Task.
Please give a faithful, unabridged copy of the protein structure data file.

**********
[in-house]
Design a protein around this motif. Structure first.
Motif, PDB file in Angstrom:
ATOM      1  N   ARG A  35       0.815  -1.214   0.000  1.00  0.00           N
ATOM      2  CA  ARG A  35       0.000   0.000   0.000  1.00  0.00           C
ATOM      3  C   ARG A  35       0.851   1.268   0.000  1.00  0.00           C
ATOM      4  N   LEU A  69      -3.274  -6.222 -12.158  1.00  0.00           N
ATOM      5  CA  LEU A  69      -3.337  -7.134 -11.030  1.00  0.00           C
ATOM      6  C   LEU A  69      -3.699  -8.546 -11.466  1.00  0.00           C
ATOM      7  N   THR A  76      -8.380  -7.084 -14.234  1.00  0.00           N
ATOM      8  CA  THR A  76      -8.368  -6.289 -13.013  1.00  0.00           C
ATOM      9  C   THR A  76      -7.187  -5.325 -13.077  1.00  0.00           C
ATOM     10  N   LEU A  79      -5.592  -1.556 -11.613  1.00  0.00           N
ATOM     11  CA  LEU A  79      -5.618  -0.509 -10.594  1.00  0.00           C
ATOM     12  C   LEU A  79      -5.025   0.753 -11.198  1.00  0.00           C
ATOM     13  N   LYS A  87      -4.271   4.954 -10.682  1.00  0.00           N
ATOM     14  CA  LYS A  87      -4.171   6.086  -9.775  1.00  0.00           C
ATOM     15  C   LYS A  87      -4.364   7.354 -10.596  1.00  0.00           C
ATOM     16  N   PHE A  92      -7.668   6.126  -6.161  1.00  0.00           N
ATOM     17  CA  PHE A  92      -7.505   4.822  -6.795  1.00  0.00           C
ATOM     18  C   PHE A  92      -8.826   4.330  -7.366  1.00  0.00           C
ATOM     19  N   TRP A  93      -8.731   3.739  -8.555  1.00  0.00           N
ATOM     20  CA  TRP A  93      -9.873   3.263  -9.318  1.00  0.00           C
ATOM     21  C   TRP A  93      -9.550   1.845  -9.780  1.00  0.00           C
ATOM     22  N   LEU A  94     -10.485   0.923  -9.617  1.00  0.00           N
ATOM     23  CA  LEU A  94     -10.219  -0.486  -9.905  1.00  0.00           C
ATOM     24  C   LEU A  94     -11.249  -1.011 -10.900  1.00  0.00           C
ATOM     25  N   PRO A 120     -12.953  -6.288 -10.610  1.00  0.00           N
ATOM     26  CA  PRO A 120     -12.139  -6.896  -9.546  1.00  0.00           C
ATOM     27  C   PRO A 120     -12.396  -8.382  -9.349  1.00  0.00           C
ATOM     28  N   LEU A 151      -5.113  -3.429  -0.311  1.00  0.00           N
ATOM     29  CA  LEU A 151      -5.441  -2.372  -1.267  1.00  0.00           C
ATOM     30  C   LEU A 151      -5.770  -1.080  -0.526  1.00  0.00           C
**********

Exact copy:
[in-house]
Design a protein around this motif. Structure first.
Motif, PDB file in Angstrom:
ATOM      1  N   ARG A  35       0.815  -1.214   0.000  1.00  0.00           N
ATOM      2  CA  ARG A  35       0.000   0.000   0.000  1.00  0.00           C
ATOM      3  C   ARG A  35       0.851   1.268   0.000  1.00  0.00           C
ATOM      4  N   LEU A  69      -3.274  -6.222 -12.158  1.00  0.00           N
ATOM      5  CA  LEU A  69      -3.337  -7.134 -11.030  1.00  0.00           C
ATOM      6  C   LEU A  69      -3.699  -8.546 -11.466  1.00  0.00           C
ATOM      7  N   THR A  76      -8.380  -7.084 -14.234  1.00  0.00           N
ATOM      8  CA  THR A  76      -8.368  -6.289 -13.013  1.00  0.00           C
ATOM      9  C   THR A  76      -7.187  -5.325 -13.077  1.00  0.00           C
ATOM     10  N   LEU A  79      -5.592  -1.556 -11.613  1.00  0.00           N
ATOM     11  CA  LEU A  79      -5.618  -0.509 -10.594  1.00  0.00           C
ATOM     12  C   LEU A  79      -5.025   0.753 -11.198  1.00  0.00           C
ATOM     13  N   LYS A  87      -4.271   4.954 -10.682  1.00  0.00           N
ATOM     14  CA  LYS A  87      -4.171   6.086  -9.775  1.00  0.00           C
ATOM     15  C   LYS A  87      -4.364   7.354 -10.596  1.00  0.00           C
ATOM     16  N   PHE A  92      -7.668   6.126  -6.161  1.00  0.00           N
ATOM     17  CA  PHE A  92      -7.505   4.822  -6.795  1.00  0.00           C
ATOM     18  C   PHE A  92      -8.826   4.330  -7.366  1.00  0.00           C
ATOM     19  N   TRP A  93      -8.731   3.739  -8.555  1.00  0.00           N
ATOM     20  CA  TRP A  93      -9.873   3.263  -9.318  1.00  0.00           C
ATOM     21  C   TRP A  93      -9.550   1.845  -9.780  1.00  0.00           C
ATOM     22  N   LEU A  94     -10.485   0.923  -9.617  1.00  0.00           N
ATOM     23  CA  LEU A  94     -10.219  -0.486  -9.905  1.00  0.00           C
ATOM     24  C   LEU A  94     -11.249  -1.011 -10.900  1.00  0.00           C
ATOM     25  N   PRO A 120     -12.953  -6.288 -10.610  1.00  0.00           N
ATOM     26  CA  PRO A 120     -12.139  -6.896  -9.546  1.00  0.00           C
ATOM     27  C   PRO A 120     -12.396  -8.382  -9.349  1.00  0.00           C
ATOM     28  N   LEU A 151      -5.113  -3.429  -0.311  1.00  0.00           N
ATOM     29  CA  LEU A 151      -5.441  -2.372  -1.267  1.00  0.00           C
ATOM     30  C   LEU A 151      -5.770  -1.080  -0.526  1.00  0.00           C